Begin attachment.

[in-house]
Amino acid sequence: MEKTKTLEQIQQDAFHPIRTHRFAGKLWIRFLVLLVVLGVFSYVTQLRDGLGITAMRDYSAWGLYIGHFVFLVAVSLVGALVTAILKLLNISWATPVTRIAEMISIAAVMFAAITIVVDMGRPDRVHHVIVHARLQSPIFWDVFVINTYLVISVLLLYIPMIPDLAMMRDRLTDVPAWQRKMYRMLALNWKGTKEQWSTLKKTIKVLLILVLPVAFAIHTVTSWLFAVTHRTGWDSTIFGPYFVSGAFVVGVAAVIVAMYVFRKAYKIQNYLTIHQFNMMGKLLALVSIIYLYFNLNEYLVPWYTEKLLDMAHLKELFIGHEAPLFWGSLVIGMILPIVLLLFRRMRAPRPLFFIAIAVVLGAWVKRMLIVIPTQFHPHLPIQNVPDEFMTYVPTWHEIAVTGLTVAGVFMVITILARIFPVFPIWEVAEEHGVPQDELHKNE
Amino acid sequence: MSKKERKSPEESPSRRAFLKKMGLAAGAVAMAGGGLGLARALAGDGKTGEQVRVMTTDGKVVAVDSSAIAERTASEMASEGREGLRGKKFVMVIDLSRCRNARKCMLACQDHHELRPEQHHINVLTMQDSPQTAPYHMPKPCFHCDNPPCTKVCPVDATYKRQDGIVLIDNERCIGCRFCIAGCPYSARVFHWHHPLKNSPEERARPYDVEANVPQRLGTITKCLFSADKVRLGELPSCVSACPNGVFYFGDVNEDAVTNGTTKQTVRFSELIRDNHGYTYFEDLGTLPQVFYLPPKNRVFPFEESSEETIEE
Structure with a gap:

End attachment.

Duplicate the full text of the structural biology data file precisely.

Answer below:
[in-house]
Amino acid sequence: MEKTKTLEQIQQDAFHPIRTHRFAGKLWIRFLVLLVVLGVFSYVTQLRDGLGITAMRDYSAWGLYIGHFVFLVAVSLVGALVTAILKLLNISWATPVTRIAEMISIAAVMFAAITIVVDMGRPDRVHHVIVHARLQSPIFWDVFVINTYLVISVLLLYIPMIPDLAMMRDRLTDVPAWQRKMYRMLALNWKGTKEQWSTLKKTIKVLLILVLPVAFAIHTVTSWLFAVTHRTGWDSTIFGPYFVSGAFVVGVAAVIVAMYVFRKAYKIQNYLTIHQFNMMGKLLALVSIIYLYFNLNEYLVPWYTEKLLDMAHLKELFIGHEAPLFWGSLVIGMILPIVLLLFRRMRAPRPLFFIAIAVVLGAWVKRMLIVIPTQFHPHLPIQNVPDEFMTYVPTWHEIAVTGLTVAGVFMVITILARIFPVFPIWEVAEEHGVPQDELHKNE
Amino acid sequence: MSKKERKSPEESPSRRAFLKKMGLAAGAVAMAGGGLGLARALAGDGKTGEQVRVMTTDGKVVAVDSSAIAERTASEMASEGREGLRGKKFVMVIDLSRCRNARKCMLACQDHHELRPEQHHINVLTMQDSPQTAPYHMPKPCFHCDNPPCTKVCPVDATYKRQDGIVLIDNERCIGCRFCIAGCPYSARVFHWHHPLKNSPEERARPYDVEANVPQRLGTITKCLFSADKVRLGELPSCVSACPNGVFYFGDVNEDAVTNGTTKQTVRFSELIRDNHGYTYFEDLGTLPQVFYLPPKNRVFPFEESSEETIEE
Structure with a gap: